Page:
Advanced Math Is a Challenge. What's Wrong With That?
Dear Extra Credit Readers:
Jerry W. Miller's suggestion ["In the Real World, Advanced Math Doesn't Always Add Up," Oct. 30] that schools might be requiring too much math inspired so many letters that I needed several extra fingers and toes to count them:
Dear Extra Credit:
I think that one reason we don't see how we use math, especially algebra, in our daily lives is that we use it so much and so automatically that we don't realize it, sort of like breathing. I have to admit that I am a math geek, although I did not excel in math in school. My professional life, though, has been spent mostly as a researcher, and for a while I taught college statistics.
There is a lack of understanding of how math, and even arithmetic, factors in our daily life. I could give many examples of people's inability to calculate simple formulas for common things, such as how to increase a recipe that serves four to one that serves six.
Or percents: I am constantly amazed at the lack of familiarity with something as necessary as percents. Once, I took a class that aimed to teach how to shop for a low-fat diet. The rule was that no more than 30 percent of one's daily calories should come from fat. A student, over 40, asked what she could eat for supper if her lunch calories were 25 percent fat, and breakfast had 25 percent calories from fat. She said, "I'm already up to 50 percent, and I have a whole meal to go!"
Dear Extra Credit:
I'm 44 years old and have received four associate degrees from Northern Virginia Community College in Alexandria. I'm working on my fifth associate of arts, in business administration, but have not been able to get the degree because of the math requirement. I have been in the government, private and nonprofit sectors and never required more math than the basic equations in an Excel file (ratios, sums, etc.).
Also, with English being a second language for me, math is harder. The wording for math problems is very difficult to translate and then figure out the math. I hate the idea that I have to go back and take algebra and other basic math review courses so I can complete two courses in calculus that I won't use. Higher education and high school educators need to reflect that we are not all going to college, and vocational skills such as plumbing pay just as much as other jobs.
Dear Extra Credit:
Miller's assertion that "advanced math is rarely used and so should not be required" is flawed in two distinct ways.
First, very little of what we are taught is going to be directly useful in the day-to-day activities for which we are compensated, but that is an insufficient reason to avoid teaching it. Miller's argument is the equivalent of saying, "I shouldn't be asked to read John Donne, or to discourse on it, because I want to be an engineer."
Although the forced application of the 10th Holy Sonnet might not inspire a student to dip a quill the student might otherwise have left dry, a sound arts education polishes and tints the lens through which we view the world -- at work and at play. A strong math background does the same.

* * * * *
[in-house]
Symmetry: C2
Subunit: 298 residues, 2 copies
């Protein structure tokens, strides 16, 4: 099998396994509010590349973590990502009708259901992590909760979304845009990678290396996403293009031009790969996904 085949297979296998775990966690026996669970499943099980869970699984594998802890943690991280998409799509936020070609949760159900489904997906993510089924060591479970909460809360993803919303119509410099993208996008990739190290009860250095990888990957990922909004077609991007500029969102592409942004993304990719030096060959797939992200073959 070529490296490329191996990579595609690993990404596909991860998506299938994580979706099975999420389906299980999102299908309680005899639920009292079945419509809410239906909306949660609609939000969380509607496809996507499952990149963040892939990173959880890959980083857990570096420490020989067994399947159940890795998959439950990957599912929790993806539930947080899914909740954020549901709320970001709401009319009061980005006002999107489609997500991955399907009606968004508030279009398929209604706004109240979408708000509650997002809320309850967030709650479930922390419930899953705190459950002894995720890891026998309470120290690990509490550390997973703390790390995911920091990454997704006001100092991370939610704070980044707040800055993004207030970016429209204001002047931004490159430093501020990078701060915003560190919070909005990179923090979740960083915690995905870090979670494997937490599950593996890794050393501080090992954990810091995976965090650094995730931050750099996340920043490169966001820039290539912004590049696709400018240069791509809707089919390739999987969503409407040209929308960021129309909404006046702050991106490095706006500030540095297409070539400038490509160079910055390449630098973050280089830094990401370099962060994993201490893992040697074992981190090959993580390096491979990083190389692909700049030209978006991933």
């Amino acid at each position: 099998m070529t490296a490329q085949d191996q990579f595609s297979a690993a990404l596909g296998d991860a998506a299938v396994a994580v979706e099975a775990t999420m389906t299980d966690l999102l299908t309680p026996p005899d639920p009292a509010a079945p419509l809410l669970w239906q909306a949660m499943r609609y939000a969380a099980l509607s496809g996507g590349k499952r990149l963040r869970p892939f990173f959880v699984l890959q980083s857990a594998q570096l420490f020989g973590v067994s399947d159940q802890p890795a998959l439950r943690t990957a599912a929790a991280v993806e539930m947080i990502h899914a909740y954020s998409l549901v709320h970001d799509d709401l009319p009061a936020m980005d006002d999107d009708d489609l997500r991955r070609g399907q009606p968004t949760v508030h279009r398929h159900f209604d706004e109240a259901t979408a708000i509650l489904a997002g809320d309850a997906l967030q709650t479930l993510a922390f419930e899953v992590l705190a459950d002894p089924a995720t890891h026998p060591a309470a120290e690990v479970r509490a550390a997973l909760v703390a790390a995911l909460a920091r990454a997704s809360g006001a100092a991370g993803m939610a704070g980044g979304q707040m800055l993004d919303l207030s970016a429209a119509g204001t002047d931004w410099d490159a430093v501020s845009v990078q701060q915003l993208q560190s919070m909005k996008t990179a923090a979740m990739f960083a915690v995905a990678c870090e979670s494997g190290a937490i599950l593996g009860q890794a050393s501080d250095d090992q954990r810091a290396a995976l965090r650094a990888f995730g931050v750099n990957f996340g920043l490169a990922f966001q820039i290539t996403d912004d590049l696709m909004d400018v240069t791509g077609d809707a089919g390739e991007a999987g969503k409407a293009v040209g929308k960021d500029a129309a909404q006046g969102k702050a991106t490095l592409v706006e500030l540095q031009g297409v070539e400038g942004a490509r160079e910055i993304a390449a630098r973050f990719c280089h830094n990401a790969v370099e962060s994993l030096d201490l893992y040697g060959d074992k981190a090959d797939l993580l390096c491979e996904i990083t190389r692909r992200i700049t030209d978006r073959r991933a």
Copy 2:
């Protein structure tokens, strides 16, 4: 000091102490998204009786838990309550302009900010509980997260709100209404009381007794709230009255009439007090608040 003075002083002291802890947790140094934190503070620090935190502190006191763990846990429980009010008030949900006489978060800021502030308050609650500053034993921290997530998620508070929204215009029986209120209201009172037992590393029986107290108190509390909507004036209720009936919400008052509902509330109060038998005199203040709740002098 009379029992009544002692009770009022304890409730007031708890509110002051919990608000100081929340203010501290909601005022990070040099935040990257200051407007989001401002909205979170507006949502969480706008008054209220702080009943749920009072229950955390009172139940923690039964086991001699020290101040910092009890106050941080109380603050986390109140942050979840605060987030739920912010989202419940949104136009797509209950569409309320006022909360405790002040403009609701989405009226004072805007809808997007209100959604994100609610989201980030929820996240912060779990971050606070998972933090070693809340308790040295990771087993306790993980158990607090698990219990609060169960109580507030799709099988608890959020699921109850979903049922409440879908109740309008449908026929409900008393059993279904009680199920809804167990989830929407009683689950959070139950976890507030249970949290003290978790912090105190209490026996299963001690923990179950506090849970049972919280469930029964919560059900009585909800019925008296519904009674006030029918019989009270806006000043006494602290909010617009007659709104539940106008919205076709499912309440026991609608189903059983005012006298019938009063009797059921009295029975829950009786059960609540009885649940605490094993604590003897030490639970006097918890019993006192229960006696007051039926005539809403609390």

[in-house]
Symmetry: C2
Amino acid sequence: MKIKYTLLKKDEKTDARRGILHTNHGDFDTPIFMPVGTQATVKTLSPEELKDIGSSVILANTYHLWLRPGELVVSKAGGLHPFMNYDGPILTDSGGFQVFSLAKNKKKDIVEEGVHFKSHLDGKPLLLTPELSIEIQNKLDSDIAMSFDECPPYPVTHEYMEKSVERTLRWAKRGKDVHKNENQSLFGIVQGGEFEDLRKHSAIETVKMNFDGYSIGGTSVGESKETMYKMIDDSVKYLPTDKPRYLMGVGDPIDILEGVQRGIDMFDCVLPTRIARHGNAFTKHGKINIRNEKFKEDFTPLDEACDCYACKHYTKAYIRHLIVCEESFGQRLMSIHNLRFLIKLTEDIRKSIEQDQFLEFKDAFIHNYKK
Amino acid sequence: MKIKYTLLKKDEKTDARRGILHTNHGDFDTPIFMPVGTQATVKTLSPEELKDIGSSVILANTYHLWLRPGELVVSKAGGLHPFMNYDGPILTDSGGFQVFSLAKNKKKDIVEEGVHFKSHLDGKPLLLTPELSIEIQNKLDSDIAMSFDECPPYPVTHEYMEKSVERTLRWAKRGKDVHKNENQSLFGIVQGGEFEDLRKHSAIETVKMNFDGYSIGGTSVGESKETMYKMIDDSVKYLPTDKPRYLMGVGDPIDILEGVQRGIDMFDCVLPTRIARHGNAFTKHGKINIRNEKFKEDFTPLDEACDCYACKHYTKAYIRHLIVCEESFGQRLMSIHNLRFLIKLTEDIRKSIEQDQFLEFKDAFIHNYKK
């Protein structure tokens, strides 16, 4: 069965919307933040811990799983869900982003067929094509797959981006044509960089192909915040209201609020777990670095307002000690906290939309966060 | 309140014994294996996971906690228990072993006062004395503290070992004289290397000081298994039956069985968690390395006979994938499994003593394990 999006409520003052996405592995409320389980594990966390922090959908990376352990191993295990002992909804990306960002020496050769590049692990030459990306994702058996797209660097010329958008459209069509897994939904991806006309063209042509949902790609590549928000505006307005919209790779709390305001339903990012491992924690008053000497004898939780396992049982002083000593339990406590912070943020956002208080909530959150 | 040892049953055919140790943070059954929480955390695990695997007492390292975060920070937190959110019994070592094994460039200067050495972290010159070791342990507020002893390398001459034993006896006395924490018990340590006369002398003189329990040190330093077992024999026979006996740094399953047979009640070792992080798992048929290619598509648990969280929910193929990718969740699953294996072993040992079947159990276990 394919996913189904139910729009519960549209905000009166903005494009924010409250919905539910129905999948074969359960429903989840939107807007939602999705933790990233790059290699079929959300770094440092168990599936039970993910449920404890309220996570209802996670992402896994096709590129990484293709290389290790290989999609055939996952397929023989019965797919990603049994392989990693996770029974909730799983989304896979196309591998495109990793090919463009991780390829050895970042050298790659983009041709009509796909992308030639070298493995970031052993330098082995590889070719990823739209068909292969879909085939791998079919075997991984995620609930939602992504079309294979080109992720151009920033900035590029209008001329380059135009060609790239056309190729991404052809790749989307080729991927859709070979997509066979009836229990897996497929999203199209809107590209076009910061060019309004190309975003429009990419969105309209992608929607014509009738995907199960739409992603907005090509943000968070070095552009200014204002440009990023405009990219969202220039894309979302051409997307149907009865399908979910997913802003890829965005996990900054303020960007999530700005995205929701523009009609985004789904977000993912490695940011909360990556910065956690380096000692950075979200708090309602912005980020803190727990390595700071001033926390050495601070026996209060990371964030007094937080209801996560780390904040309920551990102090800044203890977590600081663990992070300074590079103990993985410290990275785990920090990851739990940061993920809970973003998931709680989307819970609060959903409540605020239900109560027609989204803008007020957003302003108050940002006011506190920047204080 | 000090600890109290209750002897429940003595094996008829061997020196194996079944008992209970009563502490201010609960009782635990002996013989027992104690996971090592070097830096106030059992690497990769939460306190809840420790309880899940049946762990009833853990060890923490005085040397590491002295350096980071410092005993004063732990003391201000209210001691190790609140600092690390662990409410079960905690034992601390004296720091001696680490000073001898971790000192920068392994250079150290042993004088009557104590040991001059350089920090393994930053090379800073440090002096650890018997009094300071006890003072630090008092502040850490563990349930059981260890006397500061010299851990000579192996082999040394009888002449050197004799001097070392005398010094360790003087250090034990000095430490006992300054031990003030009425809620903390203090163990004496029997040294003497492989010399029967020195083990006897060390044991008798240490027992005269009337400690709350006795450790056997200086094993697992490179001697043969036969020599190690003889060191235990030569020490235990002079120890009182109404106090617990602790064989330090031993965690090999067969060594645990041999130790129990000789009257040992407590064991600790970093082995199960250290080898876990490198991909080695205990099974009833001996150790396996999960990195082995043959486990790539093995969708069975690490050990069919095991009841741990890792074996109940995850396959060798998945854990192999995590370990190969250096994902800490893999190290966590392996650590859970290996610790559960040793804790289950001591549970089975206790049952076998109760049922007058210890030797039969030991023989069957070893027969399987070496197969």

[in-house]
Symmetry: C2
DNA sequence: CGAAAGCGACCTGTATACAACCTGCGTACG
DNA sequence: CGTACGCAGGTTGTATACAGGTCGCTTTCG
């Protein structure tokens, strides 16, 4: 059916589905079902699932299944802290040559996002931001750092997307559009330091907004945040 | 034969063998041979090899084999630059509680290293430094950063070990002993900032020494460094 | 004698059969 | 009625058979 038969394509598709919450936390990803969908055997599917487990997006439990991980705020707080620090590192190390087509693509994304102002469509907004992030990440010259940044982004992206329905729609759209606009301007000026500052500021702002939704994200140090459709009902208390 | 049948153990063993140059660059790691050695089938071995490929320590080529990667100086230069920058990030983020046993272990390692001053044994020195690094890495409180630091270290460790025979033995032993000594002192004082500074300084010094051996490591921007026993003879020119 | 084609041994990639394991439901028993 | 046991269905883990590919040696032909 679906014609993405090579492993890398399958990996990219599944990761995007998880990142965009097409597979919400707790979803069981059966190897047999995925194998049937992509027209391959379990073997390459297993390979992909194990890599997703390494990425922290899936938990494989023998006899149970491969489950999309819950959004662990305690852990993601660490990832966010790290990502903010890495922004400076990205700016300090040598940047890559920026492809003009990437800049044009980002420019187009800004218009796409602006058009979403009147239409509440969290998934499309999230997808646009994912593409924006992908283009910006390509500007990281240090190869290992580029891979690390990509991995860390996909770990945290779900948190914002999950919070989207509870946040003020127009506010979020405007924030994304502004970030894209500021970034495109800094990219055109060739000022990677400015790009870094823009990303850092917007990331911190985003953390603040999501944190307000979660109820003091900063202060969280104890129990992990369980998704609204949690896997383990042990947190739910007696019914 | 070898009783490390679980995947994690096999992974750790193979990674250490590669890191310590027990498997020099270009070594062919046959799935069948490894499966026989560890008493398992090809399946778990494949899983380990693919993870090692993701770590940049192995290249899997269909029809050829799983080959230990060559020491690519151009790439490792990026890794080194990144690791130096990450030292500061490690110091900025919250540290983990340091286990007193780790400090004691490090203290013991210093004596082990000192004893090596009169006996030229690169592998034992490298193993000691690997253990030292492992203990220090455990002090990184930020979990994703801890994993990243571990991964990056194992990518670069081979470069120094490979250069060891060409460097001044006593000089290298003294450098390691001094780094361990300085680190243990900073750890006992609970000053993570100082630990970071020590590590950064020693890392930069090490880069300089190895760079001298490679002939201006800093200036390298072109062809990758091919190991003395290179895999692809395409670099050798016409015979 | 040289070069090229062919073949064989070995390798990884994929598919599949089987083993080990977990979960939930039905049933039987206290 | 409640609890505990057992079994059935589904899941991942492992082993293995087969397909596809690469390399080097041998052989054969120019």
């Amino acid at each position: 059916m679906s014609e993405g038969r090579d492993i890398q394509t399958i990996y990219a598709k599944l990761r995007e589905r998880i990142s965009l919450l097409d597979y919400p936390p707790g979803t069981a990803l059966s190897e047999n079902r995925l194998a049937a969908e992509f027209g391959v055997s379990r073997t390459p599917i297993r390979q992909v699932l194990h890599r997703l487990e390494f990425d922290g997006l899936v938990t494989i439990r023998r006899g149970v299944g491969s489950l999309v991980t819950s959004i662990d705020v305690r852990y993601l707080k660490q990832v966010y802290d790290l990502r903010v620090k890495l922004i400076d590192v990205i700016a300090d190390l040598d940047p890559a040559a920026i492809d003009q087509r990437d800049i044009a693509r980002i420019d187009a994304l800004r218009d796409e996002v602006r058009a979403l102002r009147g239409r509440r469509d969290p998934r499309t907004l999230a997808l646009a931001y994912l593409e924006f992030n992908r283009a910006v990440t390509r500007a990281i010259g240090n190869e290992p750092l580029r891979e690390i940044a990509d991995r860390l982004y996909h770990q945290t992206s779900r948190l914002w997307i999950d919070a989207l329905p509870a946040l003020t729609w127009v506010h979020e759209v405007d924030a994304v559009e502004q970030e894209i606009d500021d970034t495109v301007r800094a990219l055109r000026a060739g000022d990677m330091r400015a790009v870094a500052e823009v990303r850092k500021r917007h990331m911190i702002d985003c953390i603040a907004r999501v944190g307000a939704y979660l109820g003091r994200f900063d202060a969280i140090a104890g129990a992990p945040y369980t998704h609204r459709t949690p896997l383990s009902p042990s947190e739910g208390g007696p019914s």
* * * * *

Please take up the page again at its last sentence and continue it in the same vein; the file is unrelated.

Second, Miller seems to equate the manual computation -- and solution -- of complex calculus problems with "using advanced math."
Over the course of an advanced math education, certain recurring systems of problems emerge and are dealt with so frequently that nobody so educated thinks in terms of the underlying equations and symbols anymore. In this sense, a practicing engineer might not "use" the experience with differential equation systems to hand-compute the optimum thickness of, say, a steel shaft. This engineer simply knows how changing the diameter will affect the component and, by extension, the system.
This critical step, from rote calculation to real-world problem-solving and internalization, cannot occur without thinking in abstractions.
Virginia should immediately bar Miller's engineer friends from practice, as they have told him that they are incapable of gut-checking their CAD tools. And he should find a new physician immediately, since the good doctor doesn't understand the decay models of the drugs he's prescribing.
Dear Extra Credit:
I would suggest that schools no longer give courses that might stretch students' minds, such as math, physics and chemistry, or any other intellectually challenging subject. Many of the older generation took three to four years of Latin, with very few ever using this knowledge in their later life. However, certainly an appreciation of such subjects has enriched the lives of those who chose to take such courses.
While all of us cannot be Nobel Prize winners, it was discouraging that the prizes awarded in physics, chemistry and medicine this year were given either to foreign scientists or to researchers who came from non-American secondary schools, with only one having what could be termed an American upbringing. The United States' performance in international competition in math and sciences at the secondary school level has been generally abysmal.
The statement has been made that we use less than 10 percent of what we have learned. Does this make the other 90 percent inconsequential?
Thanks for the thoughtful responses. I still think advanced math in school helps us learn good study and thinking habits, particularly in problem-solving. But I haven't read all of your letters yet and might run some more.
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Washington Post Editors
| December 18, 2008; 12:58 PM ET
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